Monday, March 6

Kabuki Congress


Imagine being stopped for speeding and having the local legislature raise the limit so you won't have to pay the fine. It sounds absurd, but it's just what is happening to the 28-year-old law that prohibits the president from spying on Americans without getting a warrant from a judge.

It's a familiar pattern. President Bush ignores the Constitution and the laws of the land, and the cowardly, rigidly partisan majority in Congress helps him out by rewriting the laws he's broken.

In 2004, to take one particularly disturbing example, Congress learned that American troops were abusing, torturing and killing prisoners, and that the administration was illegally detaining hundreds of people at camps around the world. The chairman of the Senate Armed Services Committee, John Warner, huffed and puffed about the abuse, but did nothing. And when the courts said the detention camps do fall under the laws of the land, compliant lawmakers simply changed them.

Now the response of Congress to Mr. Bush's domestic wiretapping scheme is following the same pattern, only worse.

At first, lawmakers expressed outrage at the warrantless domestic spying, and some Democrats and a few Republicans still want a full investigation. But the Republican leadership has already reverted to form. Senator Arlen Specter, the chairman of the Judiciary Committee, has held one investigative hearing, notable primarily for Attorney General Alberto Gonzales's refusal to answer questions.

Mr. Specter then loyally produced a bill that actually grants legal cover, retroactively, to the one spying program Mr. Bush has acknowledged. It also covers any other illegal wiretapping we don't know about — including, it appears, entire "programs" that could cover hundreds, thousands or millions of unknowing people.

Mr. Specter's bill at least offers the veneer of judicial oversight from the Foreign Intelligence Surveillance Court. A far more noxious proposal being floated by Senator Mike DeWine, Republican of Ohio, would entirely remove intelligence gathering related to terrorism from the law on spying, known as the Foreign Intelligence Surveillance Act.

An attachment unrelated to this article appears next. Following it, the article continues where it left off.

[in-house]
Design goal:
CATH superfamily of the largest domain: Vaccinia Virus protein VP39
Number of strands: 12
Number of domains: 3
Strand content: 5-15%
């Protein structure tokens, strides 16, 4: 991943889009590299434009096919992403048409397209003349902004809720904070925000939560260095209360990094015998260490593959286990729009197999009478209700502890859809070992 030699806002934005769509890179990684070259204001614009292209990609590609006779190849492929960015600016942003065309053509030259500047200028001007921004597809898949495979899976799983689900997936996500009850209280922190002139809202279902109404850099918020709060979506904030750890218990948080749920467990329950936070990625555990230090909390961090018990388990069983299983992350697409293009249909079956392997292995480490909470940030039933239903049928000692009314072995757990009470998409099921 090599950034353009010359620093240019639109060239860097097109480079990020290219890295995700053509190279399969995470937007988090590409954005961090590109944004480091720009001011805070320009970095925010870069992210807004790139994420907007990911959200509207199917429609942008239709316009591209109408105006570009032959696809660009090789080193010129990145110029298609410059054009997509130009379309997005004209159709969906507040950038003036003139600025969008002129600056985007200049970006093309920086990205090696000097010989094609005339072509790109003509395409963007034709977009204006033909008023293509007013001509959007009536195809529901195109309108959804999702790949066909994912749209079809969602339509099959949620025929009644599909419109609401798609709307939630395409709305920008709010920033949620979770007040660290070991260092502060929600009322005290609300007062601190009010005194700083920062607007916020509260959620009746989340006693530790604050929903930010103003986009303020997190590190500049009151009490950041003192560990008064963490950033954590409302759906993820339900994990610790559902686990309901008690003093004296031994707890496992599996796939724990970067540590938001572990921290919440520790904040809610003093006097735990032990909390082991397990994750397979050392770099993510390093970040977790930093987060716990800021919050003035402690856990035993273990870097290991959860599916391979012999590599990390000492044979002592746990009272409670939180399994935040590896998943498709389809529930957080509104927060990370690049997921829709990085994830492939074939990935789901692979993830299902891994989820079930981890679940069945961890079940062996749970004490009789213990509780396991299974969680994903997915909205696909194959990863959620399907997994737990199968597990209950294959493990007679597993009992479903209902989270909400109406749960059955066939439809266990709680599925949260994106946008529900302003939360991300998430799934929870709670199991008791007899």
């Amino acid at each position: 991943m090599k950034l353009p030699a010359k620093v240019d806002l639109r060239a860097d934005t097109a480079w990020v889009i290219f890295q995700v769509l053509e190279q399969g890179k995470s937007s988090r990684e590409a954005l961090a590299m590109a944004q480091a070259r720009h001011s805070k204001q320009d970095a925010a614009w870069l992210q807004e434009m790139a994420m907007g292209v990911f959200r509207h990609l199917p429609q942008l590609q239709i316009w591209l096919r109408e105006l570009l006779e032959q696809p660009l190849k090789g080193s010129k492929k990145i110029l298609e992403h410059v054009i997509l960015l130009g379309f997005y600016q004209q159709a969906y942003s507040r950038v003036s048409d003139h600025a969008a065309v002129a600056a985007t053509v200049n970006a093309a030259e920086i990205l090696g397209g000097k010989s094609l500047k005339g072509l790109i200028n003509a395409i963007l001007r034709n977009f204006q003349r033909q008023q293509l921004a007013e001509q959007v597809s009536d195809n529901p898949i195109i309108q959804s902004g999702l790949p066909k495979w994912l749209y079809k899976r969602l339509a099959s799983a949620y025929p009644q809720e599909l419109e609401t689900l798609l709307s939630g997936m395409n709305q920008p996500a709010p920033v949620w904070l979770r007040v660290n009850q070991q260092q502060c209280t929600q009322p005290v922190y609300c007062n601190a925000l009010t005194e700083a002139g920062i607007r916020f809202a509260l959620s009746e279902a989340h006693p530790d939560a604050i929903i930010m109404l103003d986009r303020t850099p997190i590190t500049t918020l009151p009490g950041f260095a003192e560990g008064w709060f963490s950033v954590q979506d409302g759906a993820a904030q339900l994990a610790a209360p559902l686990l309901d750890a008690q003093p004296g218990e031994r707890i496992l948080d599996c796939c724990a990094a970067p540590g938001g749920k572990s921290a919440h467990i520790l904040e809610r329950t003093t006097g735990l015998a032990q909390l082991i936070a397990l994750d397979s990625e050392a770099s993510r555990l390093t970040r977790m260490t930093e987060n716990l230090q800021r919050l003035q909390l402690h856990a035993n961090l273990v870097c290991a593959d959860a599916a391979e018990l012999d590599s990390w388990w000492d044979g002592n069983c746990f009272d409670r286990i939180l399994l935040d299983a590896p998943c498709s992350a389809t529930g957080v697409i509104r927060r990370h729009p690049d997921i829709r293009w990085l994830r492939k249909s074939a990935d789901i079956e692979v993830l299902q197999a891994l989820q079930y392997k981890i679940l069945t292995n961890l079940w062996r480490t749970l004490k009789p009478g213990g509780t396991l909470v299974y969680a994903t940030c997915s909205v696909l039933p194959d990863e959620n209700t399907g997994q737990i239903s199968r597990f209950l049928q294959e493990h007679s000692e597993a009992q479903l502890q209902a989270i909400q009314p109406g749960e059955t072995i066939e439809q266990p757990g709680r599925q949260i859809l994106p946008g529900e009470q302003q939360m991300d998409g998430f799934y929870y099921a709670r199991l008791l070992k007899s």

Let's call this what it is: a shell game. The question is whether the Bush administration broke the law by allowing the National Security Agency to spy on Americans and others in the United States without obtaining the required warrant. The White House wants Americans to believe that the spying is restricted only to conversations between agents of Al Qaeda and people in the United States. But even if that were true, which it evidently is not, the administration has not offered the slightest evidence that it could not have efficiently monitored those Qaeda-related phone calls and e-mail messages while following the existing rules.

In other words, there is not a shred of proof that the illegal program produced information that could not have been obtained legally, had the administration wanted to bother to stay within the law.

The administration has assured the nation it had plenty of good reason, but there's no way for Congress to know, since it has been denied information on the details of the wiretap program. And Senator Pat Roberts, the chairman of the Intelligence Committee, seems bent on making sure it stays that way. He has refused to permit a vote on whether to investigate the spying scandal.

There were glimmers of hope on the House side. Representative Heather Wilson, the New Mexico Republican who heads one of the subcommittees supervising intelligence, called for a "painstaking" review of the necessity and legality of the spying operation. But the chairman of the House Intelligence Committee, Peter Hoekstra, is turning that into a pro forma review that would end with Congress rewriting the foreign-intelligence law the way Mr. Bush wants.

Ms. Wilson still says that the House needs to get the facts before it rewrites the law, and we hope she sticks to it. But she's facing a tough race this fall, and her staff has already started saying that, well, she never called for "an investigation," just "an oversight review."

Putting on face paint and pretending that illusion is reality is fine for Kabuki theater. Congress should have higher standards.